The Study of Church History
"Now that no one is justified by the Law before God is evident; for, "the righteous man shall live by faith." Galatians 3:11
On October 31, 2019, we celebrate the 502nd Anniversary of the Protestant Reformation. It is fair to ask, “What did the Reformation accomplish?”
Before we commence, it is important to understand the background of the reformers. According to Professor Karin Maag, in an article appearing in Banner on September 1, 2017,
These calls for reform came from insiders, not from folks who were disgruntled outsiders disengaged from their church. The leading reformers Martin Luther, Huldrych Zwingli, and John Calvin were all either priests or priests-in-training in the Roman Catholic Church prior to their advocacy of Reformation. They did not call for change because they hated their church but because they cared deeply about it and wanted it to follow Christ’s teachings faithfully.
Tragically, though the Roman Catholic Church was part of a “self-Reformation” in the 16th Century, the leaders of Catholicism did not take to heart the theological concerns of the Protestant Reformers. They simply doubled down on what they believed, as is outlined in the text of the Council of Trent. So what did the Protestant Reformation accomplish?
1. In the area of Bibliology, the Study of the Bible: Protestantism stated that the ultimate authority in the Church was not the twin strands of the Bible plus the Traditions of the Roman Catholic Church. Rather, the Bible, and the Bible alone is the sole authority. The Bible alone is the basis for what we believe and practice. The Bible trumps Church Tradition. Church Tradition does not trump the Bible. The reformers announced this belief in the Latin phrase, “Sola Scriptura.”
2. In the area of Ecclesiology, the Study of the Church: Protestantism rejected the Biblically indefensible mantra that the Universal or Catholic Church is to be equated with the Church headquartered in the Vatican in Rome, Italy. The Church Jesus founded is not coterminous with the Church headquartered in the Vatican. Jesus’ Church is far larger than any sectarian assertion. One does not have to join the Church headquartered in the Vatican to be a part of the Universal Church, the Body of Christ. One must trust in Jesus Christ (John 3:16-18, 36) to be baptized by the Holy Spirit into the Universal, Catholic Church (1 Corinthians 12:12-13).
Biblical Protestantism also rejects the myth of Apostolic Succession, that mere men can pass on apostolic authority to other men. Calling Apostles is the sole prerogative of Jesus, the Head of the Church. So the monarchical Bishops and Popes of the Church headquartered in the Vatican do not have Biblical or Christological or Apostolic authority. They are the creation of mere men. Only Jesus Christ can appoint Apostles, and He has limited their number to Twelve for all eternity (Rev. 21:14).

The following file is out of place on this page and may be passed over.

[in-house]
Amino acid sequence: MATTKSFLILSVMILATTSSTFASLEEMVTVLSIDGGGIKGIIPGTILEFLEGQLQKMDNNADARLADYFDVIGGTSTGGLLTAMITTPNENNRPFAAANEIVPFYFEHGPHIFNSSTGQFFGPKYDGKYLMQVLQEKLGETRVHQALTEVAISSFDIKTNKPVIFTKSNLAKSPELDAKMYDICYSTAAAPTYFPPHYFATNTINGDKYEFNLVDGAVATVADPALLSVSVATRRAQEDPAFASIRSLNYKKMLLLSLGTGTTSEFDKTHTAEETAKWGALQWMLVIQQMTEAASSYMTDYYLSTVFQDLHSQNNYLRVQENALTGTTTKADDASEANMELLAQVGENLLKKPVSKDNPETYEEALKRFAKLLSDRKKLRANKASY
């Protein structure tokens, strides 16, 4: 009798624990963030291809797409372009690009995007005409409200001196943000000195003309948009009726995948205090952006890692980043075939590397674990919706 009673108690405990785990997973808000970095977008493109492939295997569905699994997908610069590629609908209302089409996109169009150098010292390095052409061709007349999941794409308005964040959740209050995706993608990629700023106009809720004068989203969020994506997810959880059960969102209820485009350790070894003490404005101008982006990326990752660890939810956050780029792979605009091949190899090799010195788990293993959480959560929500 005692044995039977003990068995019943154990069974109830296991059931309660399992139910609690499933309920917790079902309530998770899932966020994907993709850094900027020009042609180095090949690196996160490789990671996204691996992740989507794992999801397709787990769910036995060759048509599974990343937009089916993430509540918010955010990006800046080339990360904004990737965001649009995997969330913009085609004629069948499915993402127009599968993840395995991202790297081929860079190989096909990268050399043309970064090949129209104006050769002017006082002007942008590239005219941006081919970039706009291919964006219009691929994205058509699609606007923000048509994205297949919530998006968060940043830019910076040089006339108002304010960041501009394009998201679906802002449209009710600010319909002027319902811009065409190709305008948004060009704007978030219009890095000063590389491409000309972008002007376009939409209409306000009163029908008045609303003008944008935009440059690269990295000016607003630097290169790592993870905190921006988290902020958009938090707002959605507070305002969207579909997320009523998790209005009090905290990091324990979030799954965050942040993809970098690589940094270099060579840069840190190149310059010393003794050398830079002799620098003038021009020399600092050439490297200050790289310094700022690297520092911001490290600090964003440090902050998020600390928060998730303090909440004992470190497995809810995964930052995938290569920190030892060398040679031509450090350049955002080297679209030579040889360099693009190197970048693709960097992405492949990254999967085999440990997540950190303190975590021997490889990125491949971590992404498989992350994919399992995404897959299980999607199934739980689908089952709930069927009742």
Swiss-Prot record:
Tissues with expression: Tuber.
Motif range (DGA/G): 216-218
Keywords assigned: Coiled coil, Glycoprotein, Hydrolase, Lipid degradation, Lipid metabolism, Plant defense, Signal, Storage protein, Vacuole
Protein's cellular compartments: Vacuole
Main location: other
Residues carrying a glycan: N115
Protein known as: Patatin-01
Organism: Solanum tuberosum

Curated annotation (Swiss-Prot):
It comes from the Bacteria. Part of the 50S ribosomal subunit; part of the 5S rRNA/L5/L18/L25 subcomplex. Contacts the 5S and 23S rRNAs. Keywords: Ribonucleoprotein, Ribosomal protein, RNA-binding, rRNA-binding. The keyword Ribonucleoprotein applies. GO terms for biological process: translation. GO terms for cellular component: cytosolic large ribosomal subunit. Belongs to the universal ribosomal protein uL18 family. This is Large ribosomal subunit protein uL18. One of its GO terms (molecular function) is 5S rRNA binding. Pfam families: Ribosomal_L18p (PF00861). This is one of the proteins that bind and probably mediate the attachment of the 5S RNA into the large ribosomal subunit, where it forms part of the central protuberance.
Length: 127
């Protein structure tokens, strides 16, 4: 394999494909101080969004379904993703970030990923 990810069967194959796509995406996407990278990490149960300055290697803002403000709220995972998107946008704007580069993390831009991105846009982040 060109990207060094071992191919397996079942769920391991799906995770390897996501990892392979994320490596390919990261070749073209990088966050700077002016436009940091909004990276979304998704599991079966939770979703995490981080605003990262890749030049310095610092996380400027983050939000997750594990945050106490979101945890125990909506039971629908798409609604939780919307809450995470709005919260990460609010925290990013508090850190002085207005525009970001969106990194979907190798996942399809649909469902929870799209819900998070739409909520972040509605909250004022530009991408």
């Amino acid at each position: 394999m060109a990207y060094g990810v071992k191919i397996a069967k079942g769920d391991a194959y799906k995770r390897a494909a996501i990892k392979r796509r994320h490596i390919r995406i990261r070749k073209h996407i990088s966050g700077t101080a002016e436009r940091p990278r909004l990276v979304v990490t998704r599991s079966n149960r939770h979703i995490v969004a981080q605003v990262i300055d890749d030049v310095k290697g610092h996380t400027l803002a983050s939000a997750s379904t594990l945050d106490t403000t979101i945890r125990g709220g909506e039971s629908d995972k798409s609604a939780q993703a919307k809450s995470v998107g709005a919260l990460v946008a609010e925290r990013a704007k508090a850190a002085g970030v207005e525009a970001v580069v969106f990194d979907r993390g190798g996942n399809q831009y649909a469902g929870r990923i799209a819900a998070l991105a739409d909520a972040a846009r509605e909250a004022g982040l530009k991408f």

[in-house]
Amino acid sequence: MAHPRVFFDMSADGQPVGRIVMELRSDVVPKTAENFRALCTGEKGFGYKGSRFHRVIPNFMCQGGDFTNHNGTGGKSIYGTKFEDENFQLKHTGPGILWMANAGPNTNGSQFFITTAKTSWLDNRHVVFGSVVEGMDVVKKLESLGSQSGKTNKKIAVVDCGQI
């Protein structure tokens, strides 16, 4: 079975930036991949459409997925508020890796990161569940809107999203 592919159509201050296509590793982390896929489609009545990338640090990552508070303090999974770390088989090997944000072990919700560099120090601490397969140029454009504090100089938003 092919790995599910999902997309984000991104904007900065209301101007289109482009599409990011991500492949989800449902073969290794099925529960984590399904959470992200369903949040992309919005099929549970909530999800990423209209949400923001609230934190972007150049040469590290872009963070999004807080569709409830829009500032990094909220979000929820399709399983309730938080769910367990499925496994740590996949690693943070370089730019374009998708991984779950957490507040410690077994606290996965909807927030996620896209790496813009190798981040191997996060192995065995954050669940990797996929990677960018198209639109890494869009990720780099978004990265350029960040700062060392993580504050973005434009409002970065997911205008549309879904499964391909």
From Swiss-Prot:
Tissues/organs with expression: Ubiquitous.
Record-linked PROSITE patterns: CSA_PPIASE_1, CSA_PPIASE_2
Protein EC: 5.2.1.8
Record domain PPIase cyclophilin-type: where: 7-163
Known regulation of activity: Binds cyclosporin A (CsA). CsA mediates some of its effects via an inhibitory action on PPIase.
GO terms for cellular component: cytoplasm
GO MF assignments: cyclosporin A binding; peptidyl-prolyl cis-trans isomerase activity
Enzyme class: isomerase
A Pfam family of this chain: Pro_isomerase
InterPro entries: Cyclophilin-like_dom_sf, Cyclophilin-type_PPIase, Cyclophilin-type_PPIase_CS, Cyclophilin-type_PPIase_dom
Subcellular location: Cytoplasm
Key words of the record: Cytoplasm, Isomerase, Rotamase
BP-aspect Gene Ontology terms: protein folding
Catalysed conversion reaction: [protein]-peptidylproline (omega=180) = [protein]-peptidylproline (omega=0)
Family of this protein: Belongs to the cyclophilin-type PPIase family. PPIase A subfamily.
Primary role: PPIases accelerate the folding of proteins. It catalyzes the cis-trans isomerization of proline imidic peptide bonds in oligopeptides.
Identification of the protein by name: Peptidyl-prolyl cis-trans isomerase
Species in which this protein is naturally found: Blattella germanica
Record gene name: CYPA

3. In the area of Soteriology, the Study of Salvation: Protestantism declared that there is nothing man can do to be saved other than to believe in Jesus Christ. Salvation is by grace through faith apart from any works (Ephesians 2:8-10; Rom. 3:21-30; 4:15). Works are the result of salvation, not the cause of salvation. In the teaching of James, the half-brother of Jesus, works are the proof of salvation, not the cause of it (James 2:14-26). In Catholic thinking, one earns grace (a contradiction if ever there was one) by participating in the Seven Sacraments: Baptism; Penance; the Eucharist (Holy Communion); Confirmation; Anointing of the Sick / Extreme Unction for the Dying; Holy Orders (Ordination to the Clergy); and Matrimony. In Catholic thinking all these earn grace, and must be administered by a priest, an office unknown in the New Testament Church. By the addition of the office of priest, the Roman Catholic Church seeks to impose control on the masses. The difficulty is that if one can earn grace by any work or sacrament, it ceases to be grace and becomes a work to be rewarded. That is antithetical to the salvation Paul announced to the Philippian jailer, “Believe in the Lord Jesus, and you will be saved, you and your household” (Acts 16:31). The reformers announced their Biblical beliefs about salvation in the phrase, “One is saved by grace alone, through faith alone, in Christ alone.”
Protestantism has many short-comings. Not all Protestant churches live out the basic tenets of the Protestant Reformation. But Biblical Protestantism, to be distinguished from Protestantism in general, comes the closest to fulfilling the demands of Christ as outlined in the New Testament. The Protestant Reformation accomplished a great deal. But much ground has yet to be covered, and, sadly, in many cases, reclaimed.
By James T. Bartsch
October 29, 2019
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